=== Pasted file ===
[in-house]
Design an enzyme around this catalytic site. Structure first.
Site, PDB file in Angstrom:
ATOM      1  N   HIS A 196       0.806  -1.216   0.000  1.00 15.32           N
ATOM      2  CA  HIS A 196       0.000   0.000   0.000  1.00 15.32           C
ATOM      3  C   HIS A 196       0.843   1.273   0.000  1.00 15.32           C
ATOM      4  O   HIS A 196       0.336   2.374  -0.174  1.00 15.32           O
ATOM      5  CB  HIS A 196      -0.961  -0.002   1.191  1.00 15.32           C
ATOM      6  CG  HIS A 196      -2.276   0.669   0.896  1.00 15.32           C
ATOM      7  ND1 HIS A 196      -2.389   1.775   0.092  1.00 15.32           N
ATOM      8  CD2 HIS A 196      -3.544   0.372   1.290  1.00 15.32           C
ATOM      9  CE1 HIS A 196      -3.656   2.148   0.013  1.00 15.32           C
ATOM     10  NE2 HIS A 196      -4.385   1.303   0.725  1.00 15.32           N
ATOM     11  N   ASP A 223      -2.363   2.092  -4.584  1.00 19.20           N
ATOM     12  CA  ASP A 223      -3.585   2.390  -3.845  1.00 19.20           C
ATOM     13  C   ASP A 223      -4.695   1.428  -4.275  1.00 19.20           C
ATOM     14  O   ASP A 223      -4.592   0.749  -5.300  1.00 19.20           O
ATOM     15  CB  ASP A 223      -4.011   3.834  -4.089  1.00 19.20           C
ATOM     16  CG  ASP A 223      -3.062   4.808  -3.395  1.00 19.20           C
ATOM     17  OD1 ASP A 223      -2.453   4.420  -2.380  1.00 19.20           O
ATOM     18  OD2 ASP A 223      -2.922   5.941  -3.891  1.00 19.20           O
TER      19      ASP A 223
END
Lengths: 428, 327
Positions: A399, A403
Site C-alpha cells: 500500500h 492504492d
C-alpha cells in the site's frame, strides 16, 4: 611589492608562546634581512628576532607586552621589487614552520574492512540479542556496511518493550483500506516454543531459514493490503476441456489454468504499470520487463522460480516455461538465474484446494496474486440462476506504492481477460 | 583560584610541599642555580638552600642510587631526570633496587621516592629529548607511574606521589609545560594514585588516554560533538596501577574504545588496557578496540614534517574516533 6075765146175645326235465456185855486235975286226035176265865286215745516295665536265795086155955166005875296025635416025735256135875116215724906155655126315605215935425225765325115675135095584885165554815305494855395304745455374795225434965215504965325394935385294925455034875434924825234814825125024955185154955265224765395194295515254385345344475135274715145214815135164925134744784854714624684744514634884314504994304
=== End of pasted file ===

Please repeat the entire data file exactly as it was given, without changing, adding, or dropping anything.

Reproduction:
[in-house]
Design an enzyme around this catalytic site. Structure first.
Site, PDB file in Angstrom:
ATOM      1  N   HIS A 196       0.806  -1.216   0.000  1.00 15.32           N
ATOM      2  CA  HIS A 196       0.000   0.000   0.000  1.00 15.32           C
ATOM      3  C   HIS A 196       0.843   1.273   0.000  1.00 15.32           C
ATOM      4  O   HIS A 196       0.336   2.374  -0.174  1.00 15.32           O
ATOM      5  CB  HIS A 196      -0.961  -0.002   1.191  1.00 15.32           C
ATOM      6  CG  HIS A 196      -2.276   0.669   0.896  1.00 15.32           C
ATOM      7  ND1 HIS A 196      -2.389   1.775   0.092  1.00 15.32           N
ATOM      8  CD2 HIS A 196      -3.544   0.372   1.290  1.00 15.32           C
ATOM      9  CE1 HIS A 196      -3.656   2.148   0.013  1.00 15.32           C
ATOM     10  NE2 HIS A 196      -4.385   1.303   0.725  1.00 15.32           N
ATOM     11  N   ASP A 223      -2.363   2.092  -4.584  1.00 19.20           N
ATOM     12  CA  ASP A 223      -3.585   2.390  -3.845  1.00 19.20           C
ATOM     13  C   ASP A 223      -4.695   1.428  -4.275  1.00 19.20           C
ATOM     14  O   ASP A 223      -4.592   0.749  -5.300  1.00 19.20           O
ATOM     15  CB  ASP A 223      -4.011   3.834  -4.089  1.00 19.20           C
ATOM     16  CG  ASP A 223      -3.062   4.808  -3.395  1.00 19.20           C
ATOM     17  OD1 ASP A 223      -2.453   4.420  -2.380  1.00 19.20           O
ATOM     18  OD2 ASP A 223      -2.922   5.941  -3.891  1.00 19.20           O
TER      19      ASP A 223
END
Lengths: 428, 327
Positions: A399, A403
Site C-alpha cells: 500500500h 492504492d
C-alpha cells in the site's frame, strides 16, 4: 611589492608562546634581512628576532607586552621589487614552520574492512540479542556496511518493550483500506516454543531459514493490503476441456489454468504499470520487463522460480516455461538465474484446494496474486440462476506504492481477460 | 583560584610541599642555580638552600642510587631526570633496587621516592629529548607511574606521589609545560594514585588516554560533538596501577574504545588496557578496540614534517574516533 6075765146175645326235465456185855486235975286226035176265865286215745516295665536265795086155955166005875296025635416025735256135875116215724906155655126315605215935425225765325115675135095584885165554815305494855395304745455374795225434965215504965325394935385294925455034875434924825234814825125024955185154955265224765395194295515254385345344475135274715145214815135164925134744784854714624684744514634884314504994304